New York University's Grossman School of Medicine is allowing students to graduate early if they begin working in internal or emergency medicine beginning in April, in today's bite-sized hospital and health industry news from California, New York, and Rhode Island.
- California: The California Department of Public Health (DPH) this month released data suggesting the state hasn't made progress on addressing high levels of lead in children's blood. The data DPH released this month shows that fewer children in California had their blood lead levels tested in 2018 than in 2015, and that the percentage of children with unacceptable levels of lead in their blood in 2018 was remained higher than the more than 5% of children in California with high lead blood levels in 2015. DPH Director Sonia Angell said the department is working on a plan to reduce children's exposure to lead (Rowan, Kaiser Health News, 3/26).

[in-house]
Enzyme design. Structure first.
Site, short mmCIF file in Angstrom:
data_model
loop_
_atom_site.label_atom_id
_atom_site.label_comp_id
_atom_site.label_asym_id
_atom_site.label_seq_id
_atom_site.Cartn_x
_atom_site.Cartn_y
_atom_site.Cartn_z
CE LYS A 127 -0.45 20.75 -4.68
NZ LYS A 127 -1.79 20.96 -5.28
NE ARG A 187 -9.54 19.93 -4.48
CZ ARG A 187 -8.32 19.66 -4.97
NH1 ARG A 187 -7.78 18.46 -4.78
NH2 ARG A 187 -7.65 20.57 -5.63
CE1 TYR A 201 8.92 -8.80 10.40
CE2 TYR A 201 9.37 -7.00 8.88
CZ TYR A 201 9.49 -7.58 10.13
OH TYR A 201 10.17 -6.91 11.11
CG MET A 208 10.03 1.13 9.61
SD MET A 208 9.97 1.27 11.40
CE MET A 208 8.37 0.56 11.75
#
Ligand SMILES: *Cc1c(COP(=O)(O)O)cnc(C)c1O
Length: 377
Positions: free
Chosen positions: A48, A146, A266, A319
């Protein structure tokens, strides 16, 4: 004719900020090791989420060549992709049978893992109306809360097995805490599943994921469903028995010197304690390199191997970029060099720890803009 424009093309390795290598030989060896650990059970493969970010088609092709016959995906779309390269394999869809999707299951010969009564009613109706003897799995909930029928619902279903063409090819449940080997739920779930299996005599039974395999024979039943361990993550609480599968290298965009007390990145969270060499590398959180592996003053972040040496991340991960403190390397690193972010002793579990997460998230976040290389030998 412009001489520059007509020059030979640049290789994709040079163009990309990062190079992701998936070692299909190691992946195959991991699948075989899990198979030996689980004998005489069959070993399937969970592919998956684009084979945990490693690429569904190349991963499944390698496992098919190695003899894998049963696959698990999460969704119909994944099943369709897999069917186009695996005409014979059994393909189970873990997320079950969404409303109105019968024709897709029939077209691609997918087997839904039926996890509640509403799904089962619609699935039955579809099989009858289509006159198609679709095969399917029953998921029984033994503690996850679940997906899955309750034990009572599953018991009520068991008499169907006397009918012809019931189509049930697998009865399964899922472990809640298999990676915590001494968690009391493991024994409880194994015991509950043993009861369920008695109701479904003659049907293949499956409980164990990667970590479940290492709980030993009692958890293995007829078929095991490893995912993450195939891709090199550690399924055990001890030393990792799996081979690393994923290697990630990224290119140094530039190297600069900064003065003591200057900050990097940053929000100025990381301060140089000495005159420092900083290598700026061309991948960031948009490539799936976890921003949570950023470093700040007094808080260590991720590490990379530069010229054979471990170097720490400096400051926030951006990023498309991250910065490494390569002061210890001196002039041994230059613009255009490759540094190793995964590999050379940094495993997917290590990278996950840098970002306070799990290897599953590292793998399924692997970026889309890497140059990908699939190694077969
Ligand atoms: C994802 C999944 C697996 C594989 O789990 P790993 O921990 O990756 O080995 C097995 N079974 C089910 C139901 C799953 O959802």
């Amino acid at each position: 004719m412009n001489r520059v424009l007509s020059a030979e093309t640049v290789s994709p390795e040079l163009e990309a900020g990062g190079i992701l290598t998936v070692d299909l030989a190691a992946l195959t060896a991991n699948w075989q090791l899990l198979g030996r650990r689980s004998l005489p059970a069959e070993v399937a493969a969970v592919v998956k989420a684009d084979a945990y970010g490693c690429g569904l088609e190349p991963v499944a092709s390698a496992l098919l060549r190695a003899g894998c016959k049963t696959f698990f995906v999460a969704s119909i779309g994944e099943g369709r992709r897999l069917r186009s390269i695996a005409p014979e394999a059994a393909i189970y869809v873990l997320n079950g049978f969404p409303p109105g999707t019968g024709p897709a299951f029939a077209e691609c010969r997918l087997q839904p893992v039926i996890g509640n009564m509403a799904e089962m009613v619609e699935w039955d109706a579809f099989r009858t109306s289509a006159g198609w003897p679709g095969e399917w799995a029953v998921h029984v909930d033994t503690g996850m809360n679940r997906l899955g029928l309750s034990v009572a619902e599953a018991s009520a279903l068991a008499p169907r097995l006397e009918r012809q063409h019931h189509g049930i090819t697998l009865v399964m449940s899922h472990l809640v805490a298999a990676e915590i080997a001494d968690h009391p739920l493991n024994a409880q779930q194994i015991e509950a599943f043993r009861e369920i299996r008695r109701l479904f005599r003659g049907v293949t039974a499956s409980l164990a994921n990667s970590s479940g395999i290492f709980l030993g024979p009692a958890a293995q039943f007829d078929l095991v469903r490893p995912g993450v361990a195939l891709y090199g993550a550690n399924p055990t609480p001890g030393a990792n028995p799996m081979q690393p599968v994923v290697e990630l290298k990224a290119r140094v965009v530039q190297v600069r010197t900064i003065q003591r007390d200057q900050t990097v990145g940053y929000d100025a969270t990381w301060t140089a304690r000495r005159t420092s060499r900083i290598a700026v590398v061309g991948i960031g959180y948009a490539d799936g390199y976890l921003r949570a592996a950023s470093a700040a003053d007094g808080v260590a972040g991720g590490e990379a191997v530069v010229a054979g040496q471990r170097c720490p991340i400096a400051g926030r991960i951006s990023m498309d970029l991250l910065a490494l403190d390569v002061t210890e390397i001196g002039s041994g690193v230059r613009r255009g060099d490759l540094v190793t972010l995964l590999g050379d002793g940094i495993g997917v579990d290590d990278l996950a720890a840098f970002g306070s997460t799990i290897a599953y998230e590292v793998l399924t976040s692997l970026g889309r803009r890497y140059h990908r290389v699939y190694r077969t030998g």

- New York: New York University (NYU) is allowing medical students at NYU's Grossman School of Medicine to graduate early if they begin working in internal or emergency medicine beginning in April. Kate Malenczak, a spokesperson for NYU, said the school decided to let students graduate early in order to increase staffing amid the United States' COVID-19 epidemic (Young, Medscape, 3/25).
- Rhode Island: CVS Health on Wednesday announced that, for certain Aetna plan members, the company is waiving cost-sharing requirements for inpatient hospital care for COVID-19 and care for health complications associated with the disease. The move applies to commercially insured Aetna members who seek treatment at in-network hospitals (Livingston, Modern Healthcare, 3/25).